What behaviours/risks should parents and carers watch out for when it comes to browsing online?
Taking risks is a natural aspect of children’s development and should be supported. Risk-taking increases as children get older. Protection from risk through total isolation may not prepare children and young people for adult life. So, allowing risk-taking situations with oversight and supervision can help children build resilience and take ownership of decision making in a safer environment. Applying this concept to their internet activity and social media use is important to help them make safer choices online.
Any child or young person from any background can be at risk of online harm, but some are more susceptible to it than others. Children and young people in care may be more at risk or exhibit the following behaviours:
Poor social skills
Children and young people in care may have poor social skills. According to a report from the DfE, children and young people in care are three times more likely to have social, emotional and mental health needs compared to their peers. The anonymity and separation when browsing online can make it easier for them to take risks and say or do things they might not do in the real world (or offline).
Stumbling across age-inappropriate content can have a big impact on children and young people’s wellbeing. According to Online Safeguarding for Young People in Care, carers reported that 21% of children had experienced an incident of seeing inappropriate content online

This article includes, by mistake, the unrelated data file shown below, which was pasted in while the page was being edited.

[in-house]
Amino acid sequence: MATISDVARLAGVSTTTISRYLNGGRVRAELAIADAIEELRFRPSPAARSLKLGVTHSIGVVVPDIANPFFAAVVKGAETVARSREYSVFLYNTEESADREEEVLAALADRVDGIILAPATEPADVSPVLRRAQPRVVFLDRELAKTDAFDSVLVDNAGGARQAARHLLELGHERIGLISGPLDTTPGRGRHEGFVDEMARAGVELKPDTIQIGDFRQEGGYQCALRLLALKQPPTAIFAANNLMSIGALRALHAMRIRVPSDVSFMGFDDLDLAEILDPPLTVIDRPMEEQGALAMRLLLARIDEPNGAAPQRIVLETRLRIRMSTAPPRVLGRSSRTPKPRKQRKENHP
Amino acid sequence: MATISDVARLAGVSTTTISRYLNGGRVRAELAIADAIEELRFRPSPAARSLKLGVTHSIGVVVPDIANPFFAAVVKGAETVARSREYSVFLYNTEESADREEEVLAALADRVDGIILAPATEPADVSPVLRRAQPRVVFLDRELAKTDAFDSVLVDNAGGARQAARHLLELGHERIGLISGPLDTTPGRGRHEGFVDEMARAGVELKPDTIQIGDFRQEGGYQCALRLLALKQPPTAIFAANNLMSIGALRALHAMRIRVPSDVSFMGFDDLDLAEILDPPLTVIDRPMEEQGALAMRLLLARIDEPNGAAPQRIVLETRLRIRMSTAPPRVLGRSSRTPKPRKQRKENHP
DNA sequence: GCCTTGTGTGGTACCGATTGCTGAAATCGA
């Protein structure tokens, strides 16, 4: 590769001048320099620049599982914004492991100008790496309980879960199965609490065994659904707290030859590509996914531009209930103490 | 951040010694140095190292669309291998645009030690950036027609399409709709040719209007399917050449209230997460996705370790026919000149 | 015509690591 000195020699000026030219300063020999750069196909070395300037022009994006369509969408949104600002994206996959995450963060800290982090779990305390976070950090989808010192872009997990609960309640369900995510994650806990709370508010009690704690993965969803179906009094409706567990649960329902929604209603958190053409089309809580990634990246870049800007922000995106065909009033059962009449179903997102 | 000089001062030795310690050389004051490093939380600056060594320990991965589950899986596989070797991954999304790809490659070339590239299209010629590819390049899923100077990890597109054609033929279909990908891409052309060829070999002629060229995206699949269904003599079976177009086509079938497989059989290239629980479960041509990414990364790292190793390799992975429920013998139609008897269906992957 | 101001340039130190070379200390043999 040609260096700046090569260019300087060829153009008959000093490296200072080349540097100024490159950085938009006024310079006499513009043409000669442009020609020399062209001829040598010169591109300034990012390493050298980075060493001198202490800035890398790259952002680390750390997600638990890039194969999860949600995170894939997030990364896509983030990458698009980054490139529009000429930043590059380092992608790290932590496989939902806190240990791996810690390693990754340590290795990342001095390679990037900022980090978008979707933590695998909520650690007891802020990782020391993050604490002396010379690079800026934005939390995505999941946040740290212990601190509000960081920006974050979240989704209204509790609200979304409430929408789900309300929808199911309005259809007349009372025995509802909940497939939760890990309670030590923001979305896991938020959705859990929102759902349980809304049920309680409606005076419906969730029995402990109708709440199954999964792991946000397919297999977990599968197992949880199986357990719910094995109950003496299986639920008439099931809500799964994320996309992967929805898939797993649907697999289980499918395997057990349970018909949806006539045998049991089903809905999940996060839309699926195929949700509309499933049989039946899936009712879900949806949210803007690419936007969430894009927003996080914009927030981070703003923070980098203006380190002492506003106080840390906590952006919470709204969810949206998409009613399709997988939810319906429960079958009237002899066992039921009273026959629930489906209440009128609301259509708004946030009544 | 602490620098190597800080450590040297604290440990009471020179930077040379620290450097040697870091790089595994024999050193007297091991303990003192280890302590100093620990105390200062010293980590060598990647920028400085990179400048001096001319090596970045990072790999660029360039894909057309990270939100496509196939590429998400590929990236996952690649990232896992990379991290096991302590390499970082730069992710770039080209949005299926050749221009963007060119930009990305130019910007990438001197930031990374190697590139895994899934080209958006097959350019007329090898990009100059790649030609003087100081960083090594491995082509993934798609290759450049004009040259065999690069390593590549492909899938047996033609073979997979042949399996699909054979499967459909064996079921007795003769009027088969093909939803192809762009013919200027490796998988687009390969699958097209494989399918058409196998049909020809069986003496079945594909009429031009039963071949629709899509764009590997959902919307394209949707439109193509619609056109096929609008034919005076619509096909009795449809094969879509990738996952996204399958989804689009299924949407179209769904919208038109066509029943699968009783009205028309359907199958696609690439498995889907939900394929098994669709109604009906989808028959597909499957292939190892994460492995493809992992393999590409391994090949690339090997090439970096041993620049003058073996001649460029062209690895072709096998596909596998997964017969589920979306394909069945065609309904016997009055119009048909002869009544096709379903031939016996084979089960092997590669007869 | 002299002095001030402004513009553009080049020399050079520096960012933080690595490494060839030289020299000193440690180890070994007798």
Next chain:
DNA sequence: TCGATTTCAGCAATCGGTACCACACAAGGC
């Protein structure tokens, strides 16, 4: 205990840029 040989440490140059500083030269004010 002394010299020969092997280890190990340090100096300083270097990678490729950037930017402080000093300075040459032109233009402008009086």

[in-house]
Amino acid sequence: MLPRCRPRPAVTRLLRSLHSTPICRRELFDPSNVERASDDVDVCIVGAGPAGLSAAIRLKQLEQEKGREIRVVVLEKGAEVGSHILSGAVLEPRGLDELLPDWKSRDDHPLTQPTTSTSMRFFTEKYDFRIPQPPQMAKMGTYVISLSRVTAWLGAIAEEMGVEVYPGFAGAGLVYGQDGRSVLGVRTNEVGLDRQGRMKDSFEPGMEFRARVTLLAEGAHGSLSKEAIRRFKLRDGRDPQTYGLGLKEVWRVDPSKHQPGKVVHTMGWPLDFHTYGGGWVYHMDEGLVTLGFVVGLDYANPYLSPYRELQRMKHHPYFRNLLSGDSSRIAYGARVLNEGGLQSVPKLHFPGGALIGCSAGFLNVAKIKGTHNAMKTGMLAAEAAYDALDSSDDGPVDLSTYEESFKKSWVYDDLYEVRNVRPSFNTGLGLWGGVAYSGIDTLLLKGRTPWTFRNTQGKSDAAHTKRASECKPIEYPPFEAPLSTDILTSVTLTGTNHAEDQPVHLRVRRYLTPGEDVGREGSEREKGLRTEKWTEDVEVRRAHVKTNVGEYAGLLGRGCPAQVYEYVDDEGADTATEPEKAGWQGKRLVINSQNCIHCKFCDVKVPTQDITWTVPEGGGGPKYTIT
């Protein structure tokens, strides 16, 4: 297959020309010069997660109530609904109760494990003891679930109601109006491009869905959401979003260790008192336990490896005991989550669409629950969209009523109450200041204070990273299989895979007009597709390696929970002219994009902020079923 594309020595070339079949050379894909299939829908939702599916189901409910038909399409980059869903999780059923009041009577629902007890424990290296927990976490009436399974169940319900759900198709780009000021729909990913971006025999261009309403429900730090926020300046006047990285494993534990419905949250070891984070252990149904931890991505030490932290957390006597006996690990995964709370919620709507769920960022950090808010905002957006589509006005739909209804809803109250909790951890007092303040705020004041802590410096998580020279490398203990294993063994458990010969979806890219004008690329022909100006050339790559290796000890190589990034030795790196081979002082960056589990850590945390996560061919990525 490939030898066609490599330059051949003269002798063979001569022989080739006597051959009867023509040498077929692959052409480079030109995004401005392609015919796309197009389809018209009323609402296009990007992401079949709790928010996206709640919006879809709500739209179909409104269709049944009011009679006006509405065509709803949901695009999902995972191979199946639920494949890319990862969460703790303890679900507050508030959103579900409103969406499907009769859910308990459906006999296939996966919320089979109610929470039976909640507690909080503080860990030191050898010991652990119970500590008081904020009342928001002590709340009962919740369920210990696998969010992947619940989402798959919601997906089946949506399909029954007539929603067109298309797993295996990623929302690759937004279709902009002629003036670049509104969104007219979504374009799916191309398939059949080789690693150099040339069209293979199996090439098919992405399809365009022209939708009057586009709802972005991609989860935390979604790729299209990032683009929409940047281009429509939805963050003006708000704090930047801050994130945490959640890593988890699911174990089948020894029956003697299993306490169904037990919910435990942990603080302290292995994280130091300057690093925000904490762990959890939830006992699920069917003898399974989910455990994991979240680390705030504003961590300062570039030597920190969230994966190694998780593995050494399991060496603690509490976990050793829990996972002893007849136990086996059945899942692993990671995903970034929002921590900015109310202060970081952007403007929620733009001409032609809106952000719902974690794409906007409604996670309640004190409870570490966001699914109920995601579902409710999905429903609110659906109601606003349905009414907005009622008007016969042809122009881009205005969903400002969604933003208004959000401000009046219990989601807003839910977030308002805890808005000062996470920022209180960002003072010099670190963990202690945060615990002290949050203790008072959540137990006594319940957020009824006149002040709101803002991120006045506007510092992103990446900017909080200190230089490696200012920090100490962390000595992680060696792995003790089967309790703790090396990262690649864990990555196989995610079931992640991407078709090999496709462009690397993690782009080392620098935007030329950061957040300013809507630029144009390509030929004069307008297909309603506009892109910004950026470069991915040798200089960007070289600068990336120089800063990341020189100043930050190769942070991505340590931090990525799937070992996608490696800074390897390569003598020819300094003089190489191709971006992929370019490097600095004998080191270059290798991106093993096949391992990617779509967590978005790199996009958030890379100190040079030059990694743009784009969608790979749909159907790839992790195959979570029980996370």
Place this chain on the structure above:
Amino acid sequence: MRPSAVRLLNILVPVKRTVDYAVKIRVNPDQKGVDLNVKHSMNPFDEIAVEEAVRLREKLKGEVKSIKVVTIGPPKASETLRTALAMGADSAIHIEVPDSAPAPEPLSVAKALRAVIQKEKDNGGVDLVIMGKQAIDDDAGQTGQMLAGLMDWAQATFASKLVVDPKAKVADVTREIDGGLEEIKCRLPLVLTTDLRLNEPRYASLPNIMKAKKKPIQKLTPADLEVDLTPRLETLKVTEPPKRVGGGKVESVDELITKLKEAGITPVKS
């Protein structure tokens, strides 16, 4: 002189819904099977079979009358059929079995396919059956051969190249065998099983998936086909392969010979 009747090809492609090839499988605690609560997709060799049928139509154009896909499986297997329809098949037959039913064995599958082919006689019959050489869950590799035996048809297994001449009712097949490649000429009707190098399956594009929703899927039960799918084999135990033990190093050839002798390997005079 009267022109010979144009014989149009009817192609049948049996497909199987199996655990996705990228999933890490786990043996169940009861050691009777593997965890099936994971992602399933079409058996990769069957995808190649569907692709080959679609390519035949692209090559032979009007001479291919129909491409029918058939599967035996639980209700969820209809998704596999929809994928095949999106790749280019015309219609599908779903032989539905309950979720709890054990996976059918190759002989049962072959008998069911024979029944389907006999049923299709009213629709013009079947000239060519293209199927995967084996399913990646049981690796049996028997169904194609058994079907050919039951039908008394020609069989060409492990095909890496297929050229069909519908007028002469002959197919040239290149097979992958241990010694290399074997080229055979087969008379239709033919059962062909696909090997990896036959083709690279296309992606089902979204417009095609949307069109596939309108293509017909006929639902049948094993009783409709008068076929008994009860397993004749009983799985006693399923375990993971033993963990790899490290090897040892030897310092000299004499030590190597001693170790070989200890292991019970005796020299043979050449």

Fake news and misinformation
Over-reliance on the information from websites and apps, without the necessary balance and objectivity, can lead to ‘fake news’ distorting attitudes, expectations, and behaviours.
Following web links promising a ‘juicy story’ (clickbait) or a ‘too good to be true’ offer without thinking these through can lead to malware (malicious software) and viruses being downloaded onto the device, and in some cases compromising the whole home network.
Privacy and data concerns
Speed and ease are of use are important to young people and this leads to shortcuts in aspects like password use. Often a pin code will be a date of birth when that date of birth is also posted on forums and social media sites or can be deduced from the posts they can contain. Password re-use across multiple sites combined with a lack of understanding of the risks can lead to account compromise, identity.
For more information on this topic, visit our Privacy and Identity Theft hub.